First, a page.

For example, a certain piece of work that my artist wife makes called “Katrina Survivors,” requires a series of holes along its length that are 3/32″.  Rather than try to remember that size, or rediscover it by time-consuming trial and error, I keep it on the list, along with 5/32″ for the holes I drill in calendars every December so that they fit over the screw heads I install them onto.  And 7/64″ for suturing lanyards to my glasses.

Post-It-Notes are nearby to make temporary additions to the list until there are enough changes to reprint.

This year I had something of an epiphany when the time came to drill my calendars.

Sure, you can buy Three-Months-At-A-Glance calendars, but I have a natural aversion to “buy.”  Our regional bank produces these calendars with professional photography and great stories and, best of all (wait for it!) they’re free!

Sure, you can buy Three-Months-At-A-Glance calendars, but I have a natural aversion to “buy.” Our regional bank produces these calendars with professional photography and great stories and, best of all (wait for it!) they’re free!

It occurred to me that a Forstner Bit might be a better paper-hole-puncher than a twist drill.  Think about it:  Forstner bits come from the factory really sharp and the flat cutting surface cuts the entire circumference at once, instead of the paring/coring action of a twist drill.  To try out the theory I got a wide, flat board to hold the calendar flat and simultaneously act as the backer-board.

 Good support, a sharp Forstner bit and a firm backer-board is the formula for a nice-looking hole in multiple layers of paper.

Good support, a sharp Forstner bit and a firm backer-board is the formula for a nice-looking hole in multiple layers of paper.

When the Forstner bit pops through the last of the paper, the hole is nice and clean.

Feel the need for speed.  You want that Forstner bit flying when cutting paper.  A slow-moving bit won’t make a clean cut.  Here, I have chosen a pulley combination for the fastest spindle speed.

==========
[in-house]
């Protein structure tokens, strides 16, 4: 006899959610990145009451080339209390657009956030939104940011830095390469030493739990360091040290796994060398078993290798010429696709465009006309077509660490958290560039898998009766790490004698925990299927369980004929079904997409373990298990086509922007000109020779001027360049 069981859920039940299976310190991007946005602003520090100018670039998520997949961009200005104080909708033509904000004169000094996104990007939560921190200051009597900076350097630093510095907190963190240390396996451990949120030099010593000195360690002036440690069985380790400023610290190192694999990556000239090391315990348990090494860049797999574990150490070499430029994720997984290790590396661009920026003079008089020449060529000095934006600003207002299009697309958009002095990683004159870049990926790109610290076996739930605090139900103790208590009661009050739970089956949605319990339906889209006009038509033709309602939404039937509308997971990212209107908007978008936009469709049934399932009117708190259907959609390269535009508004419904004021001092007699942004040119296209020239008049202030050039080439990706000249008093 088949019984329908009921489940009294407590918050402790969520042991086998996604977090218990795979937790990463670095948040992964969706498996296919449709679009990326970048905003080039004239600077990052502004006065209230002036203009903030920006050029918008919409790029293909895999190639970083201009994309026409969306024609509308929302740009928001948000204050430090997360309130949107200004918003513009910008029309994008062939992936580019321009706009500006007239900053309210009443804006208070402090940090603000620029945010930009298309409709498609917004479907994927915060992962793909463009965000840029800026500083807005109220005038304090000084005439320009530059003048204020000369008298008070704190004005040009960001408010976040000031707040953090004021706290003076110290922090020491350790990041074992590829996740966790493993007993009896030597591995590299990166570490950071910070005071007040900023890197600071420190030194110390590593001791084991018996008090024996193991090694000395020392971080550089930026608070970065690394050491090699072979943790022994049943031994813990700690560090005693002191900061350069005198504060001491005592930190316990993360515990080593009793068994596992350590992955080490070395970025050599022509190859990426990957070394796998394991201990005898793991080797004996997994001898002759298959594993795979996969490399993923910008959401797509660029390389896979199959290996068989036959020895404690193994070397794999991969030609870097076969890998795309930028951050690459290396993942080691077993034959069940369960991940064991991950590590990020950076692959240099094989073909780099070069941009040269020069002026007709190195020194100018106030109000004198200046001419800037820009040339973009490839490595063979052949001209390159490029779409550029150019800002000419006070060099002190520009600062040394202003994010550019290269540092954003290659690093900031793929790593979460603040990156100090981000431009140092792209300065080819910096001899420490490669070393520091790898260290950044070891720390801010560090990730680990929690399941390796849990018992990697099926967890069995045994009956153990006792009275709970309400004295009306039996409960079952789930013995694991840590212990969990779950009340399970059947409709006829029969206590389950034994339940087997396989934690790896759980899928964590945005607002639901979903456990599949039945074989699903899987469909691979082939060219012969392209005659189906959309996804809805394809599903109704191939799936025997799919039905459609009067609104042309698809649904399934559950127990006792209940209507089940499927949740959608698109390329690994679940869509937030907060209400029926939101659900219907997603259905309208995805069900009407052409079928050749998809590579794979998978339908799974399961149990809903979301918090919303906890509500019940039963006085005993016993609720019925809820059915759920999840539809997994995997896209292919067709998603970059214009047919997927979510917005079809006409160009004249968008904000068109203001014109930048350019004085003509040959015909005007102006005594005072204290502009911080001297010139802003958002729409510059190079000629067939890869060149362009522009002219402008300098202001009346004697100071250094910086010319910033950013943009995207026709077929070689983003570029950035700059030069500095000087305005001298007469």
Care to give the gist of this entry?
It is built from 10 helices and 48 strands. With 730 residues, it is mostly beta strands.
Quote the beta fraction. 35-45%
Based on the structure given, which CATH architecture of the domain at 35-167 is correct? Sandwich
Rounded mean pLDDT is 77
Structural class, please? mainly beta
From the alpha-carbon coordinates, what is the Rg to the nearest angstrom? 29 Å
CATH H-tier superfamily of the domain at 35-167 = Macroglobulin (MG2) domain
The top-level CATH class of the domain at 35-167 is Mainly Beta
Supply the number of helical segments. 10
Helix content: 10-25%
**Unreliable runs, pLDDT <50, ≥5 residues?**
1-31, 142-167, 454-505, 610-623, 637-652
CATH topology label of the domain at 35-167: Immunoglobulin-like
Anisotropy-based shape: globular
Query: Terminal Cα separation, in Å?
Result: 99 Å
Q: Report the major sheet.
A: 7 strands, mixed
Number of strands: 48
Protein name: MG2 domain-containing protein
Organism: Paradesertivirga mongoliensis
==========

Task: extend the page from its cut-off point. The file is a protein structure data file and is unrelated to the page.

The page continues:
Feel the need for speed. You want that Forstner bit flying when cutting paper. A slow-moving bit won’t make a clean cut. Here, I have chosen a pulley combination for the fastest spindle speed.

Why not use a hole punch, you ask?  Granted, the hole is already the right size, but cutting more than two or three pages at a time puts a real strain on a hole punch.  Three pages divided by twelve months is 4 punchings per calendar and I do 7 calendars each year…

And another bonus for drilled holes? They are guaranteed to line up perfectly!

Jim Randolph is a veterinarian in Long Beach, Mississippi. His earlier careers as lawn mower, dairy farmer, automobile mechanic, microwave communications electronics instructor and journeyman carpenter all influence his approach to woodworking. His favorite projects are furniture built for his wife, Brenda, and for their children and grandchildren. His and Brenda’s home, nicknamed Sticks-In-The-Mud, is built on pilings (sticks) near the wetlands (mud) on a bayou off Jourdan River. His shop is in the lower level of their home. Questions and comments on woodworking may be sent to DrRandolph@MyPetsDoctor.com. Questions about pet care should be directed to his blog on pet care, www.MyPetsDoctor.com. We regret that, because of high volume, not all inquiries can be answered personally.

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Jan 232015
 
Pinterest at Last

Ok Luddites, here is a new one for you and if you don’t at least try it, you are missing out on something pretty good. If you are like me, on these cold winter days when you don’t want to walk to a freezing shop and wait for the heat to come up, you drop [...]

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Jan 212015
 
Take a look at our January 2015 issue of The Highland Woodturner

Take a look at this month’s issue of The Highland Woodturner. Here is what’s inside: Turning a Pepper Mill- Curtis Turner discusses his process and techniques for turning a pepper mill, a great project that you can use everyday when eating your favorite meals. Turning New Porch Columns- Temple Blackwood recently took on a large [...]

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Jan 082015
 
The first 2015 issue of Wood News Online

2015 is well underway here at Highland Woodworking and we’ve got a great new issue of Wood News Online. This month’s issue includes: Project Idea: Tippmann Boss Wooden Table- A Tippmann Boss Sewing Machine requires a very sturdy surface, so Arthur Stevenson decided to build his own table specifically for his Tippmann Boss. Building an [...]